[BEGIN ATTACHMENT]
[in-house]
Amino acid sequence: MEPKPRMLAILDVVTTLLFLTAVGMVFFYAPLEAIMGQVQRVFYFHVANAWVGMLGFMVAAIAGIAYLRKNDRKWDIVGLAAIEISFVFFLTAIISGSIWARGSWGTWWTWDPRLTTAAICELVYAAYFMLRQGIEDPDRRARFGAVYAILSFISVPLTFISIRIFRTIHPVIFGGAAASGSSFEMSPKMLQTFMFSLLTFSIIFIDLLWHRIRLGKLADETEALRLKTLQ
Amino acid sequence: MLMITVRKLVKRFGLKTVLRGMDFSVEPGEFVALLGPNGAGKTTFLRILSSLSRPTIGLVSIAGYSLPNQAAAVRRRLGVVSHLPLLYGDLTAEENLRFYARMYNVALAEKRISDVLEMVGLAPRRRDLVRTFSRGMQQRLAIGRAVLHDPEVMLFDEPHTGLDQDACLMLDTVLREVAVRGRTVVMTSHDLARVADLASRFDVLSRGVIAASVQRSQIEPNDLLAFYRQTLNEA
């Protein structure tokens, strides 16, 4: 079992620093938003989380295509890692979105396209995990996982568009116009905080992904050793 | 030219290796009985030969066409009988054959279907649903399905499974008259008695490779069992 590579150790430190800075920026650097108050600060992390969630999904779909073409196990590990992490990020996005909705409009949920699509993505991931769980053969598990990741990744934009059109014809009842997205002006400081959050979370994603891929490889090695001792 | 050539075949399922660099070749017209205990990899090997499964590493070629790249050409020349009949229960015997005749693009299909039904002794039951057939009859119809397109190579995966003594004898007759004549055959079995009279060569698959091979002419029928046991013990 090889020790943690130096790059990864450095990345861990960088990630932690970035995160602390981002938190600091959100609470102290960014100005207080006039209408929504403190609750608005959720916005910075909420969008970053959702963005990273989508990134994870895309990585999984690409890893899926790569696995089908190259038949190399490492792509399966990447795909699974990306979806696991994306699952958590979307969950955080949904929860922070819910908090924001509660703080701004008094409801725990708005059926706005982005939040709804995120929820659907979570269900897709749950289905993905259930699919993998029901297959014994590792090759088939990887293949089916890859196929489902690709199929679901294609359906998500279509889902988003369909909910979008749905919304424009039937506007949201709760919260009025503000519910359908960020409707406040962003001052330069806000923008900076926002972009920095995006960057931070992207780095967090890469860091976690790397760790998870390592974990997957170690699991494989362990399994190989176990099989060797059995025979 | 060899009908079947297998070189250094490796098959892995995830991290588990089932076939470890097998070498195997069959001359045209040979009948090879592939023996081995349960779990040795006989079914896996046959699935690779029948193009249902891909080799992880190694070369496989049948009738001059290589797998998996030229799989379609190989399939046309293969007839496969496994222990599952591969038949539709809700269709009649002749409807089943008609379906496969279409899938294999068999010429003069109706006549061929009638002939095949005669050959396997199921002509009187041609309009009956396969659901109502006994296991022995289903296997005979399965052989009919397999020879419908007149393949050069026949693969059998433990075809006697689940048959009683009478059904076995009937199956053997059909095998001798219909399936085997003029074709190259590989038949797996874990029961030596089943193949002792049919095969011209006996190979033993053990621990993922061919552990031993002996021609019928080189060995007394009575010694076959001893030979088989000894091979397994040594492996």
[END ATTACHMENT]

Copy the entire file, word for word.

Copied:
[in-house]
Amino acid sequence: MEPKPRMLAILDVVTTLLFLTAVGMVFFYAPLEAIMGQVQRVFYFHVANAWVGMLGFMVAAIAGIAYLRKNDRKWDIVGLAAIEISFVFFLTAIISGSIWARGSWGTWWTWDPRLTTAAICELVYAAYFMLRQGIEDPDRRARFGAVYAILSFISVPLTFISIRIFRTIHPVIFGGAAASGSSFEMSPKMLQTFMFSLLTFSIIFIDLLWHRIRLGKLADETEALRLKTLQ
Amino acid sequence: MLMITVRKLVKRFGLKTVLRGMDFSVEPGEFVALLGPNGAGKTTFLRILSSLSRPTIGLVSIAGYSLPNQAAAVRRRLGVVSHLPLLYGDLTAEENLRFYARMYNVALAEKRISDVLEMVGLAPRRRDLVRTFSRGMQQRLAIGRAVLHDPEVMLFDEPHTGLDQDACLMLDTVLREVAVRGRTVVMTSHDLARVADLASRFDVLSRGVIAASVQRSQIEPNDLLAFYRQTLNEA
């Protein structure tokens, strides 16, 4: 079992620093938003989380295509890692979105396209995990996982568009116009905080992904050793 | 030219290796009985030969066409009988054959279907649903399905499974008259008695490779069992 590579150790430190800075920026650097108050600060992390969630999904779909073409196990590990992490990020996005909705409009949920699509993505991931769980053969598990990741990744934009059109014809009842997205002006400081959050979370994603891929490889090695001792 | 050539075949399922660099070749017209205990990899090997499964590493070629790249050409020349009949229960015997005749693009299909039904002794039951057939009859119809397109190579995966003594004898007759004549055959079995009279060569698959091979002419029928046991013990 090889020790943690130096790059990864450095990345861990960088990630932690970035995160602390981002938190600091959100609470102290960014100005207080006039209408929504403190609750608005959720916005910075909420969008970053959702963005990273989508990134994870895309990585999984690409890893899926790569696995089908190259038949190399490492792509399966990447795909699974990306979806696991994306699952958590979307969950955080949904929860922070819910908090924001509660703080701004008094409801725990708005059926706005982005939040709804995120929820659907979570269900897709749950289905993905259930699919993998029901297959014994590792090759088939990887293949089916890859196929489902690709199929679901294609359906998500279509889902988003369909909910979008749905919304424009039937506007949201709760919260009025503000519910359908960020409707406040962003001052330069806000923008900076926002972009920095995006960057931070992207780095967090890469860091976690790397760790998870390592974990997957170690699991494989362990399994190989176990099989060797059995025979 | 060899009908079947297998070189250094490796098959892995995830991290588990089932076939470890097998070498195997069959001359045209040979009948090879592939023996081995349960779990040795006989079914896996046959699935690779029948193009249902891909080799992880190694070369496989049948009738001059290589797998998996030229799989379609190989399939046309293969007839496969496994222990599952591969038949539709809700269709009649002749409807089943008609379906496969279409899938294999068999010429003069109706006549061929009638002939095949005669050959396997199921002509009187041609309009009956396969659901109502006994296991022995289903296997005979399965052989009919397999020879419908007149393949050069026949693969059998433990075809006697689940048959009683009478059904076995009937199956053997059909095998001798219909399936085997003029074709190259590989038949797996874990029961030596089943193949002792049919095969011209006996190979033993053990621990993922061919552990031993002996021609019928080189060995007394009575010694076959001893030979088989000894091979397994040594492996």